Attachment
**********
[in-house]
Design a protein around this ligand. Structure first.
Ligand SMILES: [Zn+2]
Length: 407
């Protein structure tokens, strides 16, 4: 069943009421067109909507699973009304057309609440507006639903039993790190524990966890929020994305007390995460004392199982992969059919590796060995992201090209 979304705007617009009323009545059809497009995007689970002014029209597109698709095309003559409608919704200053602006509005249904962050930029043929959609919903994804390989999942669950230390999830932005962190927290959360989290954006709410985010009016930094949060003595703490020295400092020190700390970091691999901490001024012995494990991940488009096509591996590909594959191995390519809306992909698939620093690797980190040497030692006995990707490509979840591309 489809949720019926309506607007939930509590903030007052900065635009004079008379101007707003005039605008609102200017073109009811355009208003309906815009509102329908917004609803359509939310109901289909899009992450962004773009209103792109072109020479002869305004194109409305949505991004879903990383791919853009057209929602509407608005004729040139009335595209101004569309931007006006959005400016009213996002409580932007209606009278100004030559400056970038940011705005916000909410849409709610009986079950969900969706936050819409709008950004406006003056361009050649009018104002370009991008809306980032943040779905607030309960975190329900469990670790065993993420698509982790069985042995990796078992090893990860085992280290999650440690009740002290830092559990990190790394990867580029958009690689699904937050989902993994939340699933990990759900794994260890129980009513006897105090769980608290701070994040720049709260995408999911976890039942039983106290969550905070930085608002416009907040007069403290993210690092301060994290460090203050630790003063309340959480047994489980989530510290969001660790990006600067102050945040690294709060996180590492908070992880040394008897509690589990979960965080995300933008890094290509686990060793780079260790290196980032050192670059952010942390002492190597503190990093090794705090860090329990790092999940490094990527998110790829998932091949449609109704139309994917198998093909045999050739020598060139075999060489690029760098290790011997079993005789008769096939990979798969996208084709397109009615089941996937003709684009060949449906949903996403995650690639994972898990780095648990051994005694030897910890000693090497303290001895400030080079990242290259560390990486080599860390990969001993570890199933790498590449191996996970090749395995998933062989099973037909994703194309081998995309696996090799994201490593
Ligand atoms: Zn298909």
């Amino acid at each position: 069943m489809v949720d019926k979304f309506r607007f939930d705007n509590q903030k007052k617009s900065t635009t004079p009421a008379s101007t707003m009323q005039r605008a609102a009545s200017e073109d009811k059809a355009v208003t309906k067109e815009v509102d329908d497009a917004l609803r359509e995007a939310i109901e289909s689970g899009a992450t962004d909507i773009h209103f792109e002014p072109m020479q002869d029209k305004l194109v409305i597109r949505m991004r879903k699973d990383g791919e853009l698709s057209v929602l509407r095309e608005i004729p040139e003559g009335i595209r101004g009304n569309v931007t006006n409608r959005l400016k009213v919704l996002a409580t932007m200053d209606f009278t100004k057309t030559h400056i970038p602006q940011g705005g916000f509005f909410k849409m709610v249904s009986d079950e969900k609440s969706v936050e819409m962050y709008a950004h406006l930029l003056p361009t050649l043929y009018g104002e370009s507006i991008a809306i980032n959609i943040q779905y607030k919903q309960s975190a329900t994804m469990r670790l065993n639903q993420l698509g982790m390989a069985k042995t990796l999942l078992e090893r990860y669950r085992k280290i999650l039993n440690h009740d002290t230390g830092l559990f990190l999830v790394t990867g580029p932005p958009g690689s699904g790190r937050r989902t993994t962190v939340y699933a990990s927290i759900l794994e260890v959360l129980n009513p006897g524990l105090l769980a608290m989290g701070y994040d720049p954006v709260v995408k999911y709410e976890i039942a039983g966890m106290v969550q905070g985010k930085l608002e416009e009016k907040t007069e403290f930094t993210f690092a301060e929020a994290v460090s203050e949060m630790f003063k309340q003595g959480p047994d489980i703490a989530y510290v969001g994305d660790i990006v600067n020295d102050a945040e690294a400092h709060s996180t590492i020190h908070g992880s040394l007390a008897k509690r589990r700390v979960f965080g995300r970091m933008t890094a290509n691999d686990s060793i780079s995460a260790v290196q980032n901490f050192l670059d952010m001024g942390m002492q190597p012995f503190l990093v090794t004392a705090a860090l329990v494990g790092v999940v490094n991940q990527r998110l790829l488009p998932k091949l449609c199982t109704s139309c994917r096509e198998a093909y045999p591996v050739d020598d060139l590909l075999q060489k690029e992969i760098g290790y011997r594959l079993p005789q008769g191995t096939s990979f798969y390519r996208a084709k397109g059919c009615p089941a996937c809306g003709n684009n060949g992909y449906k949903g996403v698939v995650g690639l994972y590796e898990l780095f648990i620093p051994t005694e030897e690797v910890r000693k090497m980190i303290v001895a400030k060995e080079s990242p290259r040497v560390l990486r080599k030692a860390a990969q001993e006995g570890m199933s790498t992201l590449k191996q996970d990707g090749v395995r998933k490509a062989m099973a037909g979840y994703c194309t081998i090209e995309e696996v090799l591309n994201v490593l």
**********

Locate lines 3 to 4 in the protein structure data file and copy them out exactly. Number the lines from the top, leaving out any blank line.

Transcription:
Ligand SMILES: [Zn+2]
Length: 407